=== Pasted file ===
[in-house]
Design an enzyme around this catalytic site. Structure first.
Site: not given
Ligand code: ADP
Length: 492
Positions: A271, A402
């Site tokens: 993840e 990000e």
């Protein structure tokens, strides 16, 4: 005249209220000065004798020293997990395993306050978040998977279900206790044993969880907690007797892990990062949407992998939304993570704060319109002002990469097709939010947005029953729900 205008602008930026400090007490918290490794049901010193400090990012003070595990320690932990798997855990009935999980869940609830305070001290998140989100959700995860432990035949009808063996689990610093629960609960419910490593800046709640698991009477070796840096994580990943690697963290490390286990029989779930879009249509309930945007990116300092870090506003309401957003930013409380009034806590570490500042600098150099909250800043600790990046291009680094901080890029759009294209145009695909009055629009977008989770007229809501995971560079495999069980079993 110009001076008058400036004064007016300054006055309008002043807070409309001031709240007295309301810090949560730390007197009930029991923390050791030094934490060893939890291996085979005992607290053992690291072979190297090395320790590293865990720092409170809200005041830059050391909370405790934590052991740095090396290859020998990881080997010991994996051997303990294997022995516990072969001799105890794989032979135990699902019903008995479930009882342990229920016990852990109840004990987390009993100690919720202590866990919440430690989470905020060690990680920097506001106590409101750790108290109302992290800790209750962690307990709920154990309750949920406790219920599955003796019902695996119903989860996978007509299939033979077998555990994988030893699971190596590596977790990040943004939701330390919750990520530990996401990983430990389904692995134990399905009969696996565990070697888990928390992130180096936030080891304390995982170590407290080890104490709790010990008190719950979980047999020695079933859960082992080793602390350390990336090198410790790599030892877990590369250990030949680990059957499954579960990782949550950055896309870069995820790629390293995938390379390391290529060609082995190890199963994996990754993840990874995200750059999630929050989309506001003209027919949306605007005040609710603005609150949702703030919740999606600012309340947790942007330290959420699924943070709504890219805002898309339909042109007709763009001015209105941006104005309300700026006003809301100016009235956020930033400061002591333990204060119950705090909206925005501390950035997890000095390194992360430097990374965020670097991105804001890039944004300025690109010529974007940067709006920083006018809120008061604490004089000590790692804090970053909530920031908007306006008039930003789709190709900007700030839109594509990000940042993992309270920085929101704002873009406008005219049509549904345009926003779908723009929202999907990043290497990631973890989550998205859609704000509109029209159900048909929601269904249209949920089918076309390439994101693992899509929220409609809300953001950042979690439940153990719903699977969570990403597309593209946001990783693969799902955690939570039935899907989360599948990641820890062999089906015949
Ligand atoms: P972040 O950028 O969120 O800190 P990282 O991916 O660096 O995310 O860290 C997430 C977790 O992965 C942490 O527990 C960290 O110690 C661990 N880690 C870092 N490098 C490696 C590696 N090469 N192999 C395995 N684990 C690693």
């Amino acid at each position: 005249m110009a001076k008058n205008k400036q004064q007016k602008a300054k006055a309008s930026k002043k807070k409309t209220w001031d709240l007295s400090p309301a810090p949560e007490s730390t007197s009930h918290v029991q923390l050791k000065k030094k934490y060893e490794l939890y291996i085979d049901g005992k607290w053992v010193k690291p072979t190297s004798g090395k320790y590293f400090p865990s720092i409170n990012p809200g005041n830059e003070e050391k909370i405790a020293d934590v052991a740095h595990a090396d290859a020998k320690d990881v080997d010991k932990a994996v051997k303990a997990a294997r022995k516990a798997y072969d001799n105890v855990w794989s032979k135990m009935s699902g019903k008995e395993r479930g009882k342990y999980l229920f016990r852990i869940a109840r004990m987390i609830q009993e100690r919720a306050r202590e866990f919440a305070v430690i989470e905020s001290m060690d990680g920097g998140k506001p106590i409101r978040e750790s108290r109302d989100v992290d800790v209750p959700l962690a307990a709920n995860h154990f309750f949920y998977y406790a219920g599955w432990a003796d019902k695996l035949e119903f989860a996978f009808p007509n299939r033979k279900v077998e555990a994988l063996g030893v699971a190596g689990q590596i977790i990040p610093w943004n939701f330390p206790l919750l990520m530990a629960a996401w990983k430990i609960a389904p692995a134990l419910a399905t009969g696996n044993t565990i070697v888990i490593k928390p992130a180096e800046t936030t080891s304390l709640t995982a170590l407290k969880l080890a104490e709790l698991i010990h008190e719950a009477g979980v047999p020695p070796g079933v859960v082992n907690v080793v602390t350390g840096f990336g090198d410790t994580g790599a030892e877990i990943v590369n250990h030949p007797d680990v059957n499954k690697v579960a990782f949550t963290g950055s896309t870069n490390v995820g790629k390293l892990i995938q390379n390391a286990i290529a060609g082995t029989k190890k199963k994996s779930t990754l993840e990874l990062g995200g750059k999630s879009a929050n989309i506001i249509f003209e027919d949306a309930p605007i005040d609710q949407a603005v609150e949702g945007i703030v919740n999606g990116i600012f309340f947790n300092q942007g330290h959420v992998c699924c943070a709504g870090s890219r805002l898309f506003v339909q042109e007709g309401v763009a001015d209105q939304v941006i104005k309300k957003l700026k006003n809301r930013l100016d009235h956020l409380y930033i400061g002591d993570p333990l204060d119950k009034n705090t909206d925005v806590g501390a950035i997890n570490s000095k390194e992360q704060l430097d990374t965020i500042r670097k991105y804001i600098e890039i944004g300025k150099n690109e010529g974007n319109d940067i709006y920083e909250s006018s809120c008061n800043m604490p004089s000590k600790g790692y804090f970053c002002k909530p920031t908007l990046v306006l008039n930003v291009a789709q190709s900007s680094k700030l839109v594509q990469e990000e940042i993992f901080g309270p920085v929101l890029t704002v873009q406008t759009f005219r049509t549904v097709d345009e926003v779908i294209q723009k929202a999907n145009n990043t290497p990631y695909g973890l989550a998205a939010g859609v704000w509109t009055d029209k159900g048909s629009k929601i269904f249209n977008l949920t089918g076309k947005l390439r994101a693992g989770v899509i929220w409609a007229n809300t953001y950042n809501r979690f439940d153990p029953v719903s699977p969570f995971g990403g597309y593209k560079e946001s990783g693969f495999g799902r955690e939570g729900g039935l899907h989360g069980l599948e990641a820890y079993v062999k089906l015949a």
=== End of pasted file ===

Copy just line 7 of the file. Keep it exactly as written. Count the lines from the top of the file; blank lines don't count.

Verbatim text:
């Site tokens: 993840e 990000e």